1. Ask your subject to close her eyes and then open them on the count of three. Be prepared to snap quickly.
  2. Think outside the box. Have your subject wear a hat or sunglasses – the perfect accessories in a summer image – to help shield the sun.
  3. Add variety by taking shots with your subjects looking down, away, or interacting with each other.


Golden haze and the beach are dreamy together. But with natural back light, if you meter for skin, you will usually have much of your environment – sand, sky or water – overexposed. Thus turning a beautiful backdrop into white nothingness.

As a remedy, you can actually underexpose just slightly and preserve details in the background. It’s a delicate balance as you don’t want to underexpose the subject but trial and error will be your friend here.

If you shoot in RAW and check highlight alerts or “blinkies” carefully, with a little dodging and burning in post processing, you can usually achieve a middle ground that allows the frame to showcase both subject and seascape.

Unfamilar or not sold on shooting in RAW? Find out why it is so important here.



Taking a picture using side light in full sun can be tricky. Watch that one of your subjects doesn’t fall into someone else’s shadow. And be careful of blown skin on the highlight side of the face if you are shooting people.

If you are shooting people we like to encourage subjects to turn their faces three-quarters to the light, perhaps looking at each other or out to the water. Many photographers use the zone system in tricky lighting situations like this, where getting the right balance between highlight and shadow is essential.



Silhouettes are at their most dramatic in full sun. They look brilliant and many people have an affection for partial silhouettes. One secret to a great silhouette: go for lots of negative space to let that background shine.

3. The location

Now that we’ve talked about the different looks you can achieve in full sun – the next step is to think about what that means for the location at which you shoot.

Where is the sun moving across? Is lighting best early morning or before sunset? Do you want golden colours or to focus on the subject more? Is the sun in its ideal location in the middle of the day? these are questions you need to be thinking about pre-shoot.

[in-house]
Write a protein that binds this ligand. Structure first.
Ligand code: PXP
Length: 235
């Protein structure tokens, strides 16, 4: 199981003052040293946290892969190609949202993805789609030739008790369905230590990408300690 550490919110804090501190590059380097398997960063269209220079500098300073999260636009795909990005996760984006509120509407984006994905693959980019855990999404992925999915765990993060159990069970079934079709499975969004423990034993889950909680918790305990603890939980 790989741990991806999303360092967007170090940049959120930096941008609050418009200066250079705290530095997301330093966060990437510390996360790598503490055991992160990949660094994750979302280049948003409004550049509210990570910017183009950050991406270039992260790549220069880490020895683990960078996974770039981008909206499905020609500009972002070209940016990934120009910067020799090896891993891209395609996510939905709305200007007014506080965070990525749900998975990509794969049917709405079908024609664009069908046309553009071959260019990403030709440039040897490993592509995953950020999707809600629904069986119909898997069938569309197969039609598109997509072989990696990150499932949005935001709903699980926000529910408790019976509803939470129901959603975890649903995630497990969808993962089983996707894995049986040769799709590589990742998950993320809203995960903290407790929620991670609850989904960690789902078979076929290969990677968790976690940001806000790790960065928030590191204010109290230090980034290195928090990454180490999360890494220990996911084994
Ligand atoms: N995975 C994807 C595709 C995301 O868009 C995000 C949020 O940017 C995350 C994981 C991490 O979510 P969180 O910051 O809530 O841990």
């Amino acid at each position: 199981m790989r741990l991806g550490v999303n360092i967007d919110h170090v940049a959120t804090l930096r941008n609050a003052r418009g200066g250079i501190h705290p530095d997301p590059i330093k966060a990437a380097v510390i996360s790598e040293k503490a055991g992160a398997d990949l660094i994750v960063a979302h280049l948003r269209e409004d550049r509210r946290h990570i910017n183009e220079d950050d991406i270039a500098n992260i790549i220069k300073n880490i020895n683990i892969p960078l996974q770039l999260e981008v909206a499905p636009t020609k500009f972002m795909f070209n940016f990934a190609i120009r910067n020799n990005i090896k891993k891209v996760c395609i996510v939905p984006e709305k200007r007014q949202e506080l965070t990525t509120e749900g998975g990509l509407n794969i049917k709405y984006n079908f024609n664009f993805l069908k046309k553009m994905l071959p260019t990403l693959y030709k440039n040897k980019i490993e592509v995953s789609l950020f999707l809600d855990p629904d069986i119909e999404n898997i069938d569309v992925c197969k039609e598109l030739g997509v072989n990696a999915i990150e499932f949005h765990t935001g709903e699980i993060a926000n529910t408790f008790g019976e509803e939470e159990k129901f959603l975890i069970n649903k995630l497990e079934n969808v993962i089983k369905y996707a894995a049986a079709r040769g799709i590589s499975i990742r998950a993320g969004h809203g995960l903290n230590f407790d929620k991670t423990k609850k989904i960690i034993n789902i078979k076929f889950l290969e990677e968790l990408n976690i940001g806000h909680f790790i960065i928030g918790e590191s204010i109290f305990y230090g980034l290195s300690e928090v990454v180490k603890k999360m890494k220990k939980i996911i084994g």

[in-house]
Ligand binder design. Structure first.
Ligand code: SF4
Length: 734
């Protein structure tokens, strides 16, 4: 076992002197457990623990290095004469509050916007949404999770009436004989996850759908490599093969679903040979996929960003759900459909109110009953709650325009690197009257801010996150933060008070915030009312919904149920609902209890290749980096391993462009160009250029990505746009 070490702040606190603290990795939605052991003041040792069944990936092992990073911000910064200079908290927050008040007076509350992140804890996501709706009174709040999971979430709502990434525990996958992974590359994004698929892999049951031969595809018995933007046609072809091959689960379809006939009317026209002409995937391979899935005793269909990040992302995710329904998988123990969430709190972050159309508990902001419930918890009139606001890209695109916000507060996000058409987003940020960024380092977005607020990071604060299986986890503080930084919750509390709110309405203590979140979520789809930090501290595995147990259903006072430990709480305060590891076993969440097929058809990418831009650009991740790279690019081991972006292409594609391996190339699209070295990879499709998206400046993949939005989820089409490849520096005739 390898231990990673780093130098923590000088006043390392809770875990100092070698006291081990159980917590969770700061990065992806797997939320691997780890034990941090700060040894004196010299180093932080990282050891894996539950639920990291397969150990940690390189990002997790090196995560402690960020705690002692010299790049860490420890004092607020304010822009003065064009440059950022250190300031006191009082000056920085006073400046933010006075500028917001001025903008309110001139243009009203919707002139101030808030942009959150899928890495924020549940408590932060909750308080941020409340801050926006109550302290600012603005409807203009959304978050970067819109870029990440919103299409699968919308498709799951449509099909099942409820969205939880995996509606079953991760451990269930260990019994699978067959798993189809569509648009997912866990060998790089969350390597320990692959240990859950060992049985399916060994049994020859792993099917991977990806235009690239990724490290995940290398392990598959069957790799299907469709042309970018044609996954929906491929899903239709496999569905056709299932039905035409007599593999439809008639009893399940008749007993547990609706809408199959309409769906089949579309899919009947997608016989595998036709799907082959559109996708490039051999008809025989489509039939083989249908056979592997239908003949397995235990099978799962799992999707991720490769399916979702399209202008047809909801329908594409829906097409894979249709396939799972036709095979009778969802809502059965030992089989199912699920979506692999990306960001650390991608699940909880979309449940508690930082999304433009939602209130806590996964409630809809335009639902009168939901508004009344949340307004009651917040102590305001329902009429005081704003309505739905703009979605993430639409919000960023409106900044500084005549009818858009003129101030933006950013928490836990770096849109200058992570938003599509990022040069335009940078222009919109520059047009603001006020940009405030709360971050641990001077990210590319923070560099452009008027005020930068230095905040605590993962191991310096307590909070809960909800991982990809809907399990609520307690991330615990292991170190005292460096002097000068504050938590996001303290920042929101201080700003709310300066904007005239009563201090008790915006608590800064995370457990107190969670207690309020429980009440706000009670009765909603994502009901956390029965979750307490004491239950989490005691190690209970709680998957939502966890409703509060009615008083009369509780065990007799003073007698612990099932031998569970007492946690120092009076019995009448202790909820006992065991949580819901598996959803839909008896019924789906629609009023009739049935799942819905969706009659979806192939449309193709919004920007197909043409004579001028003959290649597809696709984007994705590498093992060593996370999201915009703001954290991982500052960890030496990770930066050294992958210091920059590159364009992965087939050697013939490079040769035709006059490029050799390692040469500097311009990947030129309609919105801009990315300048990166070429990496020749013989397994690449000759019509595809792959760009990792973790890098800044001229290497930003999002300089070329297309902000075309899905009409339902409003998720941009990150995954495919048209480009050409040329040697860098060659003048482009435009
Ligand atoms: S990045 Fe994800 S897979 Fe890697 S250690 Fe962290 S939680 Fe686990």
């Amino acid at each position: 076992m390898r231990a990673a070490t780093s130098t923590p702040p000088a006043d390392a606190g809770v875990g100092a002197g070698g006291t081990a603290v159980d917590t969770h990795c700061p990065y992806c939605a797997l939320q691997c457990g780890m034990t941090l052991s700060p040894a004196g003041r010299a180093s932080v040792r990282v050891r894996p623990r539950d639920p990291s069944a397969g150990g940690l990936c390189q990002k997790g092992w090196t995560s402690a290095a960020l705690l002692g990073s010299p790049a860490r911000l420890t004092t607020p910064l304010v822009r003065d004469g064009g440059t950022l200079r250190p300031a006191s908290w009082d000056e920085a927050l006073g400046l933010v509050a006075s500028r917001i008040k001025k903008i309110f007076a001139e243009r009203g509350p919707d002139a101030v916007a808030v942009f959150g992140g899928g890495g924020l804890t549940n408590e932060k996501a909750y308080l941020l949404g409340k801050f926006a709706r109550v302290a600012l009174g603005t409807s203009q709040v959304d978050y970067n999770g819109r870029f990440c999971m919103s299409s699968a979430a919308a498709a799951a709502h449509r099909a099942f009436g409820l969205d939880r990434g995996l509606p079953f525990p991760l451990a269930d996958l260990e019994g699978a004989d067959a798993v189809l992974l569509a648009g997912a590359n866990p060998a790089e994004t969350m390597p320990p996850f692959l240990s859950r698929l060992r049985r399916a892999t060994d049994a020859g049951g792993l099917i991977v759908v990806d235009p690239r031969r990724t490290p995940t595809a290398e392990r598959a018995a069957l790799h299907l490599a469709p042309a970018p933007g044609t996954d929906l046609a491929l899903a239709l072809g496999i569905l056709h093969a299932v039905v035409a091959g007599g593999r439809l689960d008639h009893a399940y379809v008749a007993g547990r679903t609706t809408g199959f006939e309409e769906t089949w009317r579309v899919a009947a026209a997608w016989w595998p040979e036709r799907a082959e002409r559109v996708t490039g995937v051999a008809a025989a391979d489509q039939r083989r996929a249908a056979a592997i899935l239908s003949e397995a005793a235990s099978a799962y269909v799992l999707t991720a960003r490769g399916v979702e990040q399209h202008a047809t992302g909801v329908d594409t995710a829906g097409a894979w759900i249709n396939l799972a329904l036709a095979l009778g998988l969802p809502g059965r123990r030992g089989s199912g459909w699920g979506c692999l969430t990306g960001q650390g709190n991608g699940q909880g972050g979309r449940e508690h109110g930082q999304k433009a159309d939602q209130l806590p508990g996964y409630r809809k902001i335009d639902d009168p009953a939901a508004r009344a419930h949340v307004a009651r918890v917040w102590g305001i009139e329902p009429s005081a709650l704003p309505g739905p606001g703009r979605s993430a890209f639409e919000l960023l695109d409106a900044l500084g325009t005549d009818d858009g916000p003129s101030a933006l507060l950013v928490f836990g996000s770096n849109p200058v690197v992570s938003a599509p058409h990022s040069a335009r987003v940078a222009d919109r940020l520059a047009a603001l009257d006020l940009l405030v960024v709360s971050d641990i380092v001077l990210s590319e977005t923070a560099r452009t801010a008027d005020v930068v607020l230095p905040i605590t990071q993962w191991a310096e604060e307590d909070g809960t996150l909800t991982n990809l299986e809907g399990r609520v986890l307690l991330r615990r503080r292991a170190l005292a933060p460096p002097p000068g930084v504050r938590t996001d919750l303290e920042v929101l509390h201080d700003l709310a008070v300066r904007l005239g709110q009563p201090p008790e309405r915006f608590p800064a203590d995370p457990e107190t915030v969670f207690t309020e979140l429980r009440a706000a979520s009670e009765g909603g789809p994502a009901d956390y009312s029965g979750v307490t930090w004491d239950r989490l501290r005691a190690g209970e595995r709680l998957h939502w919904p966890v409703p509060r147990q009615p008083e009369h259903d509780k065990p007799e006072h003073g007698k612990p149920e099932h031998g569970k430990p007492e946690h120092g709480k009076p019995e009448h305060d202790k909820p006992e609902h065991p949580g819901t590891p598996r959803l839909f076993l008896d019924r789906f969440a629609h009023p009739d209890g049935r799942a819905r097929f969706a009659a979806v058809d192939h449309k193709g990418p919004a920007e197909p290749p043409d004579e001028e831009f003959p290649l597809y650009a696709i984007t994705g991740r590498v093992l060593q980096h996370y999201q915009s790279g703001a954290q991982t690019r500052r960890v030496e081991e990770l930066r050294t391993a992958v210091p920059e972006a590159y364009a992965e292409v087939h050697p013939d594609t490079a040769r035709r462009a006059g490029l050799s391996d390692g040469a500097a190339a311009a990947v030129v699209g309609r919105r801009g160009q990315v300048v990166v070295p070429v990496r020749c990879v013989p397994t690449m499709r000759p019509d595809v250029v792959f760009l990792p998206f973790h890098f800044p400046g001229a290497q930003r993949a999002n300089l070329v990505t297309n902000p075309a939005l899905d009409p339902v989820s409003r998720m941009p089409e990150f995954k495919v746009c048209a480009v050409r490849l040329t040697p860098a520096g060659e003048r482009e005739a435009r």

Overexposure can be dealt with especially if you have a nice plan and some good time. If you are in a rush this is when more errors in occur in your shoots.


4. The ways to cheat the sun

Let us let you in on a little secret – We try to cheat whenever possible. Here are a few of our favourite ways. . .


If you are heading for a beach try to shoot at one that has some open shade. If you have a beach with large leafy trees, a gazebo, or a pier, you are lucky. A boat can even work in a pinch.


If its a partly cloudy day this can really help. If you see brief rest bite in the form of a fluffy white cloud, try to shoot those money-shot portraits in the softer light. A thin film of cloud cover can work like a beautiful soft box. This is a brilliant time to avoid overexposure.


As the sun sinks below the horizon you might be tempted to pack up and go home. Don’t.

This is by far one of the best times of day to shoot at the beach. The intense yellow light you fought just minutes earlier is gone and you are left with a soft pastel-toned glow over everything for the ten minutes until light disappears for the day. Don’t be afraid to keep cranking up the ISO as twilight beckons.

If you’re thing is shooting people in their natural environments check out this helpful article on candid photography.

Big thanks to Clickinmoms for some of the content